1. K-State home
  2. »APDesign
  3. »Interior Architecture & Product Design

College of Architecture, Planning and Design

Balinese Wellness ResortCapstone Studio 5th YearFurniture Design and MakingFifth Year Furniture ShowHospitality DesignPresentation in the Pierce CommonsProcessProcess



 Interior Architecture And Product Design At K-State Ranked At The Top

Kansas State University’s Interior Architecture & Product Design (IAPD) is ranked one of the top graduate programs in the country.  For more than 15 years “America’s Best Architecture & Design Schools” from DesignIntelligence has been the definitive school ranking in architecture, landscape architecture, interior design and industrial design.  The rankings show Kansas State University IAPD as the #1 graduate program in the Midwest region, #1 in construction methods and materials, and the number #1 graduate program at a public institution nationally.

The rankings survey is conducted annually and the research ranks undergraduate and graduate programs from the perspective of leading practitioners.  The selected professional practice leaders are posed the question, “In your firm’s hiring experience in the past five years, which of the following schools are best preparing students for success in the profession?”  In addition, the practitioners are asked about which programs are best in teaching skills such as design, communication, sustainability and technology.  The rankings are based on their responses.di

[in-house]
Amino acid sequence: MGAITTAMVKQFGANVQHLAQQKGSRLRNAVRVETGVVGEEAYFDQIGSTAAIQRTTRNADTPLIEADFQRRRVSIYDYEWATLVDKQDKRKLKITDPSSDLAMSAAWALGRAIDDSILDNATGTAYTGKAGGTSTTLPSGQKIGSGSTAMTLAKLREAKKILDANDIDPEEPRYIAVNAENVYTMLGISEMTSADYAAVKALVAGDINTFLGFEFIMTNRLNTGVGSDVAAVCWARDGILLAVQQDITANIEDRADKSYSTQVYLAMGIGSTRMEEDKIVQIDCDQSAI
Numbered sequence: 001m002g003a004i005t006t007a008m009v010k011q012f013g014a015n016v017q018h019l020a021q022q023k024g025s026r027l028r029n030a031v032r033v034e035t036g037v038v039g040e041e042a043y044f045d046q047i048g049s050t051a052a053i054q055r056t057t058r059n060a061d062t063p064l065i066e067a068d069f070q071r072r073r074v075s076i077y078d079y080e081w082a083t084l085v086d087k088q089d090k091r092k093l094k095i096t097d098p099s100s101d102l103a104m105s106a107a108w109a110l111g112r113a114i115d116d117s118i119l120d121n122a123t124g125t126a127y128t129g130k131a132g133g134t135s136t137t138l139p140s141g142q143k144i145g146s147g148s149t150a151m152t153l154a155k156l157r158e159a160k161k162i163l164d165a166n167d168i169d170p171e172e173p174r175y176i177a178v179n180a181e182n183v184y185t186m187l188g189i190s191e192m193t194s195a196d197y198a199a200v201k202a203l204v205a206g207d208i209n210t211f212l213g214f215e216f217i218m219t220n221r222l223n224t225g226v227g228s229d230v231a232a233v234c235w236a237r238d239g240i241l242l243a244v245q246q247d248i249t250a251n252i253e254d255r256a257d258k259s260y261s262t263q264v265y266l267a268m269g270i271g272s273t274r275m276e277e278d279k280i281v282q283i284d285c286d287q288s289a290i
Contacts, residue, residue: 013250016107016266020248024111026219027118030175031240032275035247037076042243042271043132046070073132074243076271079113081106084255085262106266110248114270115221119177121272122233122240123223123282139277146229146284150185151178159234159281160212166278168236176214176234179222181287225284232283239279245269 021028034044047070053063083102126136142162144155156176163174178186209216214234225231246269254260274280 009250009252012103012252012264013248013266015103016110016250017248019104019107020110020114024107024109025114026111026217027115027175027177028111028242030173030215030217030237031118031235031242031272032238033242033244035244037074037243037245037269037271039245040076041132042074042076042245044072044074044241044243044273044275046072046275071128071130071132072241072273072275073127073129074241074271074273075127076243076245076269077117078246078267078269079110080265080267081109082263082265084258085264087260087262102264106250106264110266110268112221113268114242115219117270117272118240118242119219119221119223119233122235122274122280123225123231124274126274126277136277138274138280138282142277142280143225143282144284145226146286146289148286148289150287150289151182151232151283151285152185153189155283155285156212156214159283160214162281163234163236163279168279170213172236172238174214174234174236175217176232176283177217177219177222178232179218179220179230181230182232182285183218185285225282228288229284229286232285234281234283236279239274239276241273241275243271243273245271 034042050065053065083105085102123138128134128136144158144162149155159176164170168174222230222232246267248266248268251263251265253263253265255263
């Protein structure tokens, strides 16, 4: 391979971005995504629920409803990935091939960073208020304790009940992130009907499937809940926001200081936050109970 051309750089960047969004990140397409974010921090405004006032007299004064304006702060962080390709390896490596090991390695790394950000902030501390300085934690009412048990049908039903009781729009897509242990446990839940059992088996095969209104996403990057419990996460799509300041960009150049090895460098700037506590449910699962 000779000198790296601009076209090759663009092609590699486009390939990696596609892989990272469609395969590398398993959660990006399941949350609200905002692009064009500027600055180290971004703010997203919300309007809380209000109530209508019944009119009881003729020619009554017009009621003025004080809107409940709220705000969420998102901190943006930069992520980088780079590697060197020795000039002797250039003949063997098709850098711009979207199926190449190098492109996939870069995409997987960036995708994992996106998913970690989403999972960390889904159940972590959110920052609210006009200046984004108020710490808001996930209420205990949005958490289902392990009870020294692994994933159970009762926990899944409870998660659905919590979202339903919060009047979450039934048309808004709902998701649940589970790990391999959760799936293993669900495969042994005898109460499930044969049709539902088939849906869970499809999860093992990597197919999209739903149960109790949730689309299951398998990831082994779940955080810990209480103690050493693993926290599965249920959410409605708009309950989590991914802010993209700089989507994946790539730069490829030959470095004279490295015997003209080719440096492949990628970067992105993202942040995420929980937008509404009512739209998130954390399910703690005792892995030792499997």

“These rankings reflect not only the long trajectory of quality in our programs and the unwavering intensity of our students, faculty and graduates, but the uniqueness of the IAPD curriculum focused on designing and making at all scales of the interior environment,” Tim de Noble, dean of the College of Architecture, Planning & Design.

Katherine Ankerson, Interior Architecture and Product Design Department Head said “We are pleased to see our continued efforts to remain at the leading edge of design education recognized in this fashion. IAPD students experience the varying scales of design in an interwoven curriculum and are engaged in a continual process of design + make. Our graduates represent these values well in the workplace, the quality of our students is superb, and of course the quality of our faculty and staff represents an exceptional diversity. It is important to note the incredible support of the University's upper administration, the Dean's tremendous support in our College, and an Advisory Council that continually devotes intellectual energy, relationship capital, and excellent advice!”

Read more here: http://pressreleases.kcstar.com/release/messages/77442/#storylink=cpy



3rd Year Students Begin Mobile Environment Project

IAPD 3rd year students begin their 'near environment'/mobile environment project to transform an El Dorado National executive coach van into a mobile work and relaxation center.  4 groups will create individual and group work relaxation zones within the interior for the next 5 weeks.  Expectations and energy levels are high!  You can watch the progress in the east lot at APD West.